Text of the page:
Exxaro Resources Ltd., the second- biggest South African coal producer, plans to close the Zincor refinery in the country and may fire workers at the plant after failing to turn a profit or find a buyer. Zincor as a zinc-making operation has proved to be unsaleable. Zinc-making is financially unsustainable, with Zincor incurring mounting financial losses; and turn-around and improvement interventions have not helped. Exxaro unveiled plans to restructure and then sell zinc assets in 2009 to rid itself of low-margin, cyclical operations susceptible to rising energy costs and currency rates. Exxaro is still in talks on selling 50.04 percent of Namibia's Rosh Pinah zinc and lead mine and 22 percent of the Chifeng smelter in China. Zincor produced 120,000 metric tonnes of zinc last year. Base metals and industrial minerals contributed 12 percent to Exxaro's overall sales in 2010.

Grupo Mexico's Q2 net up

Mexican miner and railroad operator Grupo Mexico's second-quarter net profit doubled, reaching 8.2 billion pesos ($701 million), boosted by higher metals prices. The company, which has copper mines in Mexico, Peru and the U.S. Southwest, said revenue for the April-to-June period was 32.985 billion pesos, up 37.3 percent from a year earlier. Profit was in line with the $699 million as expected by analysts. Sales were likely boosted by the reincorporation of Arizona-based miner Asarco and higher freight traffic from Grupo Mexico's railroad division.. Asarco was under Grupo Mexico's control until the U.S. mining company fell into bankruptcy under the burden of environmental claims. Grupo Mexico pulled Asarco out of financial trouble and regained control in December 2009, beating out rival bids. Now Grupo Mexico wants to merge Asarco with its Southern Copper Corp mining affiliate. In the second quarter, Grupo Mexico invested $23.6 million at Asarco in maintenance work and new mine equipment. Grupo Mexico's mining unit has also resumed copper production at the massive Cananea mine in northern Mexico, which reopened last year after a three-year strike. Grupo Mexico renamed the historic pit, where labor unrest in the early 1900s helped spark the 1910 Mexican Revolution, “Buenavista del Cobre.” In Peru, the company has invested $128.2 million to expand the concentrator at its Toquepala mine and now sees expanded processing there of 60,000 tonnes. The project should be completed by the first quarter of 2013. All legal barriers have been lifted for the merger of its two Mexican railroad units, Ferromex and Ferrosur, after a a complaint by the national competition commission was rejected.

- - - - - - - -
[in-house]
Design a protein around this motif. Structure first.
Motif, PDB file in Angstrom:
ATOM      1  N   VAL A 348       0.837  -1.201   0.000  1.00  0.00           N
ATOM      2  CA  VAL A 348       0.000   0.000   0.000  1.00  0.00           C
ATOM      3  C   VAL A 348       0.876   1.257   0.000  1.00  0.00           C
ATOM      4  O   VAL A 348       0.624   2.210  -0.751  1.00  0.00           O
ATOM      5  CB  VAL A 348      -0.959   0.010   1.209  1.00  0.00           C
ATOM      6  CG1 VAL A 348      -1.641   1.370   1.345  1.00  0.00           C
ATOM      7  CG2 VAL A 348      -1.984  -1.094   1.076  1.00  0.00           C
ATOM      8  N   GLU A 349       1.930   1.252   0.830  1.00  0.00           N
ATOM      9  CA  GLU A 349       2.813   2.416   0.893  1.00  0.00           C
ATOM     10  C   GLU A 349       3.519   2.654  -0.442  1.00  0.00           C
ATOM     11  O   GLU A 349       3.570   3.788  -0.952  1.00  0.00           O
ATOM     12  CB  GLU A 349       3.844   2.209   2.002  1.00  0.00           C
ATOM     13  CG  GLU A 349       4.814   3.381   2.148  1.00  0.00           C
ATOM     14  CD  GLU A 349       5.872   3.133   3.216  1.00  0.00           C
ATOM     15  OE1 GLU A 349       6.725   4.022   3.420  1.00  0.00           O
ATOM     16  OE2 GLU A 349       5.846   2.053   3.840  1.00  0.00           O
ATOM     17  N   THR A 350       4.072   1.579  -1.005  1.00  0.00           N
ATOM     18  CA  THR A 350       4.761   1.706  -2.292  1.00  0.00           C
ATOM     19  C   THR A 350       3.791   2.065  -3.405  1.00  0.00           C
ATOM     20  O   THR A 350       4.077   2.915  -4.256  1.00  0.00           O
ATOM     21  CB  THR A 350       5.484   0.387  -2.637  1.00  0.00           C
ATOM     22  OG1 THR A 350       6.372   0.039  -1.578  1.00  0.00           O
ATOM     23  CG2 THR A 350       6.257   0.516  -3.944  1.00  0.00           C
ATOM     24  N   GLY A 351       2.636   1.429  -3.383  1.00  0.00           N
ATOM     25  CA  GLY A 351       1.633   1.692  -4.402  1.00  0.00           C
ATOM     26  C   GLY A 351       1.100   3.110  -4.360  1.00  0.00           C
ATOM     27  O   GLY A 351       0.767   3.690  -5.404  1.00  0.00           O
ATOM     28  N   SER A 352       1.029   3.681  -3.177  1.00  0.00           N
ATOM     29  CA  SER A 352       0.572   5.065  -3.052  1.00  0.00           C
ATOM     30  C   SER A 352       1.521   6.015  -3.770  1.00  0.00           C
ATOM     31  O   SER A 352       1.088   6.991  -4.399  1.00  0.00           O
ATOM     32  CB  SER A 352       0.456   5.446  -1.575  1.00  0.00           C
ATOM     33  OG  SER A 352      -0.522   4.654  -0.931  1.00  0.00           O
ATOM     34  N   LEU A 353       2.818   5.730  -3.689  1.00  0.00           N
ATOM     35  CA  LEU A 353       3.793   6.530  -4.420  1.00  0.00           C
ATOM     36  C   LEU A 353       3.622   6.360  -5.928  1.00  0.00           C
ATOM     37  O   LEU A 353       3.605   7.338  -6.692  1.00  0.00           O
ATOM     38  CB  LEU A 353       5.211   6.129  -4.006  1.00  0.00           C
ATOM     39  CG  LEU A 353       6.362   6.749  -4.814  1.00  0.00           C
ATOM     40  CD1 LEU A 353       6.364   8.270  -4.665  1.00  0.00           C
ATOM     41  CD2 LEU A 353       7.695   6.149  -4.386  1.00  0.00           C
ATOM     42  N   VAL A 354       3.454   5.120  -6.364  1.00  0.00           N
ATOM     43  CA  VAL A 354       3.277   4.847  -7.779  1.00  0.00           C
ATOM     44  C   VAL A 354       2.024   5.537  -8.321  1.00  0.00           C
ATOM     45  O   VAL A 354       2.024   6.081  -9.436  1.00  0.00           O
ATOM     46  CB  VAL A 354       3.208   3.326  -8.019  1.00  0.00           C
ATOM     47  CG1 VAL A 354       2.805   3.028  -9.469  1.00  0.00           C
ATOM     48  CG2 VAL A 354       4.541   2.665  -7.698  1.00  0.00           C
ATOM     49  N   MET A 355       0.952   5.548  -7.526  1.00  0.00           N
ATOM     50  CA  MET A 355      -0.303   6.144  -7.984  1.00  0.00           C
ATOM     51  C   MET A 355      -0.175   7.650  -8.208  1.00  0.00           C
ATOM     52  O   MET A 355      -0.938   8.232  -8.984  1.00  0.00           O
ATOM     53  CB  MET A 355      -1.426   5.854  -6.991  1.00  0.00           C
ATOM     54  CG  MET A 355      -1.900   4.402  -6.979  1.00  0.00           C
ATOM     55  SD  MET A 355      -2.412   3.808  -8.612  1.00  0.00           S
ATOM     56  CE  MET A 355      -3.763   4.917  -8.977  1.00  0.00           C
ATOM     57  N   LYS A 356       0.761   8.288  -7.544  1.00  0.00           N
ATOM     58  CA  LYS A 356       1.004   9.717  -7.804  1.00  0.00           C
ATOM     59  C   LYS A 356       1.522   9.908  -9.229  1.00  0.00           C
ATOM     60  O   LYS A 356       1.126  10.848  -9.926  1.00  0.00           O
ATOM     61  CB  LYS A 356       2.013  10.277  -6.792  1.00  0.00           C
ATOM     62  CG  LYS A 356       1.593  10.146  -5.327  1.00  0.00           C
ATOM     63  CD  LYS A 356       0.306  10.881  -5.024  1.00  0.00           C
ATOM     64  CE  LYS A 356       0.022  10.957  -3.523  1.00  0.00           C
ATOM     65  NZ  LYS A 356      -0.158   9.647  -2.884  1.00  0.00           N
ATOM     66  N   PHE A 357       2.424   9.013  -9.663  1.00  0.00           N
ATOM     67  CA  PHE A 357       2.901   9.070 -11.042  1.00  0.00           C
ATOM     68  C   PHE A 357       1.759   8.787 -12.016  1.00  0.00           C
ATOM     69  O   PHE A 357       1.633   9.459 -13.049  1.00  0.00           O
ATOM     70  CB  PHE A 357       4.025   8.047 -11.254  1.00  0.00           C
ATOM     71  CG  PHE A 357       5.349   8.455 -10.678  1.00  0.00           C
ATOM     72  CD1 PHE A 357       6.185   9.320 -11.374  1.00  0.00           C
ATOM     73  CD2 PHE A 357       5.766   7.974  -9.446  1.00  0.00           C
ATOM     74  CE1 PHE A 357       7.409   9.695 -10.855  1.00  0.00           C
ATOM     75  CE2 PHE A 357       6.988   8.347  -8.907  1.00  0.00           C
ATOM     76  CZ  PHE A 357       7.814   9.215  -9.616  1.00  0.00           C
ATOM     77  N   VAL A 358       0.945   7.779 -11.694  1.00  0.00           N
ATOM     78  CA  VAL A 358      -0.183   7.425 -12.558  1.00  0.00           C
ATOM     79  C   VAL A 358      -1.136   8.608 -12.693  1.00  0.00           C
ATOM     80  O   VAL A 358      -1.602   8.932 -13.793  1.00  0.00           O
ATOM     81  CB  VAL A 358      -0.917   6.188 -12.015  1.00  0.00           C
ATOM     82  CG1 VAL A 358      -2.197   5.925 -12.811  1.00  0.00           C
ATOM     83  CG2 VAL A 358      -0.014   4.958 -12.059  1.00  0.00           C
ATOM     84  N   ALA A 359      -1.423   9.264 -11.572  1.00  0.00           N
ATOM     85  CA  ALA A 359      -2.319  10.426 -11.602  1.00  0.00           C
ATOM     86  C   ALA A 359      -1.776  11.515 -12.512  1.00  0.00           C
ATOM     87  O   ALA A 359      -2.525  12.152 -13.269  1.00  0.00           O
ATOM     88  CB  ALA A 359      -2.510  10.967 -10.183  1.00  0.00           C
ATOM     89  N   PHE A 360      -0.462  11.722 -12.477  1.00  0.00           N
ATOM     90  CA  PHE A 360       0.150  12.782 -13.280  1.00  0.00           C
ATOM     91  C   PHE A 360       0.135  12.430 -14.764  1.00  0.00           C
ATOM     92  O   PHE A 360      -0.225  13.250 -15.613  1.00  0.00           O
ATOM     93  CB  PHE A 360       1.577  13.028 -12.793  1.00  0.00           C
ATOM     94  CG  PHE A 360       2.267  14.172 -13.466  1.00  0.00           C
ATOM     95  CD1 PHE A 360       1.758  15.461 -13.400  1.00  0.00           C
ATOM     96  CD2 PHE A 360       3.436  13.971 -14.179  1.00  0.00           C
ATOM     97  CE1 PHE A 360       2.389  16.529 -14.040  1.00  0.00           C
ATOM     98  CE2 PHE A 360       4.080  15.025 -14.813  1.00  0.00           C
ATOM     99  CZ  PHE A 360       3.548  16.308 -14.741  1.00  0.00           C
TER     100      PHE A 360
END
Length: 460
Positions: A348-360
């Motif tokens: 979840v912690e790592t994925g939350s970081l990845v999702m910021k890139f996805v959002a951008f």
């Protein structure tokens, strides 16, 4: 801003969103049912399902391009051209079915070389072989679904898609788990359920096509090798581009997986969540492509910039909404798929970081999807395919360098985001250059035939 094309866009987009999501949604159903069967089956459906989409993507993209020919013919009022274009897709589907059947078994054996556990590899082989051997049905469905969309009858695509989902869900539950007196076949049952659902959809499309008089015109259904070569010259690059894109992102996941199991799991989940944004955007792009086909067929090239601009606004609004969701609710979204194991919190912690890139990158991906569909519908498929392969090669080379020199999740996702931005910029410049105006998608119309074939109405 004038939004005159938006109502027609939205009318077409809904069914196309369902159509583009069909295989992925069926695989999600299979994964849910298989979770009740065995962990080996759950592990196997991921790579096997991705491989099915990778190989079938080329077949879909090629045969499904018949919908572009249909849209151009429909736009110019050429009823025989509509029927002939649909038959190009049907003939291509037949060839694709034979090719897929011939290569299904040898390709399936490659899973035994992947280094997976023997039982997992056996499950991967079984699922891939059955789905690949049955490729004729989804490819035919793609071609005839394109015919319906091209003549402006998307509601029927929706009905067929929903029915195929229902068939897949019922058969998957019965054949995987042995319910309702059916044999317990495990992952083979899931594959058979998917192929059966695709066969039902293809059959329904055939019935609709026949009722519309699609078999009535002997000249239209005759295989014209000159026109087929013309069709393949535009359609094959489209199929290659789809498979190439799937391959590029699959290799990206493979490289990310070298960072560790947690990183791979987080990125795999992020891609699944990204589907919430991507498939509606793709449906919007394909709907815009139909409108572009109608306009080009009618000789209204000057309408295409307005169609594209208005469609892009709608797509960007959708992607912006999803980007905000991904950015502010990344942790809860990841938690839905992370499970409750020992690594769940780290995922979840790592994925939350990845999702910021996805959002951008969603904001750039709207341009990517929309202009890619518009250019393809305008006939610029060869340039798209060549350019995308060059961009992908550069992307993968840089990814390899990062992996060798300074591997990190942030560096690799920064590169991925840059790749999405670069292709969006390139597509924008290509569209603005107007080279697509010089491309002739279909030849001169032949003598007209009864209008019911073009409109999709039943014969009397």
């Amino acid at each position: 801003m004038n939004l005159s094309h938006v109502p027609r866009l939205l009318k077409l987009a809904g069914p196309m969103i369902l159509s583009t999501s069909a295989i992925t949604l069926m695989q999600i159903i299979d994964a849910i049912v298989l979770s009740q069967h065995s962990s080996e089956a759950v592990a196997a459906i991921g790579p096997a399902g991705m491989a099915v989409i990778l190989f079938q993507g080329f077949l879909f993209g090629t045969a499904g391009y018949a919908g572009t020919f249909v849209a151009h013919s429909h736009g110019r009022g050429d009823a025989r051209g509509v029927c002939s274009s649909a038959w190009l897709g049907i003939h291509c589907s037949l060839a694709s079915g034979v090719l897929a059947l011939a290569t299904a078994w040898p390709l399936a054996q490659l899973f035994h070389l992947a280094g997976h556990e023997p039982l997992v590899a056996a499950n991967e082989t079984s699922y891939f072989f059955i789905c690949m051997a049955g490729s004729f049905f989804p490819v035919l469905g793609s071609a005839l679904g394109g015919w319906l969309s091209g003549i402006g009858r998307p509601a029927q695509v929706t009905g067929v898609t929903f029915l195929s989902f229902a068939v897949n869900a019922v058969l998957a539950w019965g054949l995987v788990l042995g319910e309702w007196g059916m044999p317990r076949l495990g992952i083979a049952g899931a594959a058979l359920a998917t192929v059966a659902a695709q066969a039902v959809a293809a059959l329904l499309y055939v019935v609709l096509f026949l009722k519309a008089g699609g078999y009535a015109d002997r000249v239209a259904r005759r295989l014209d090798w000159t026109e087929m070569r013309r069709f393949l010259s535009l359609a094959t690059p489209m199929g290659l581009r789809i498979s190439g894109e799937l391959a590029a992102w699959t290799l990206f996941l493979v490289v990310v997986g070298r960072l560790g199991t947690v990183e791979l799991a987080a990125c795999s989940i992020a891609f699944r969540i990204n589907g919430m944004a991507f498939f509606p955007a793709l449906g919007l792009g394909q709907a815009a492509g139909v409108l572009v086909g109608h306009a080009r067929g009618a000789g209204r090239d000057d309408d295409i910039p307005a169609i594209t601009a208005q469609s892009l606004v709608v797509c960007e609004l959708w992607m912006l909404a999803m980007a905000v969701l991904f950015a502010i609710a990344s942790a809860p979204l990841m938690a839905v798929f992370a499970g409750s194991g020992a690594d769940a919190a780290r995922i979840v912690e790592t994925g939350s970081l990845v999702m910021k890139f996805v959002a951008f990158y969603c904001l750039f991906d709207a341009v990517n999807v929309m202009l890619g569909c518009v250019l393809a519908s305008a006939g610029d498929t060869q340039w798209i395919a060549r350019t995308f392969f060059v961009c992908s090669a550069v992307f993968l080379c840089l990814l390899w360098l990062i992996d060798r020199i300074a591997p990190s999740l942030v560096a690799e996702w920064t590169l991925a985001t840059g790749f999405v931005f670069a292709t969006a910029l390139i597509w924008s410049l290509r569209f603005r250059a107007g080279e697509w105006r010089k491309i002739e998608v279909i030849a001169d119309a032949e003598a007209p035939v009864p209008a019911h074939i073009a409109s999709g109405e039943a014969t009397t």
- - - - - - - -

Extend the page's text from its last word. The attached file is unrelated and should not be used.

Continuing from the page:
Ferromex acquired 44 new locomotives in the second quarter to boost its hauling capacity, and Ferrosur invested $9 million in the quarter, 70 percent more than in the same period last year, on repairs to rail lines damaged by hurricanes and storms. Grupo Mexico may be thinking of a spin-off of its transportation unit. In a separate move, it has made a bid for a larger ownership stake in Mexican airport operator Grupo Aeroportuario del Pacifico (GAP). The bid for GAP is in a legal battle because GAP's internal bylaws prohibit any non-controlling shareholder from buying more than 10 percent of the company. Grupo Mexico did not mention the dispute in its second-quarter report.

Nickel surplus to narrow on rising stainless steel demand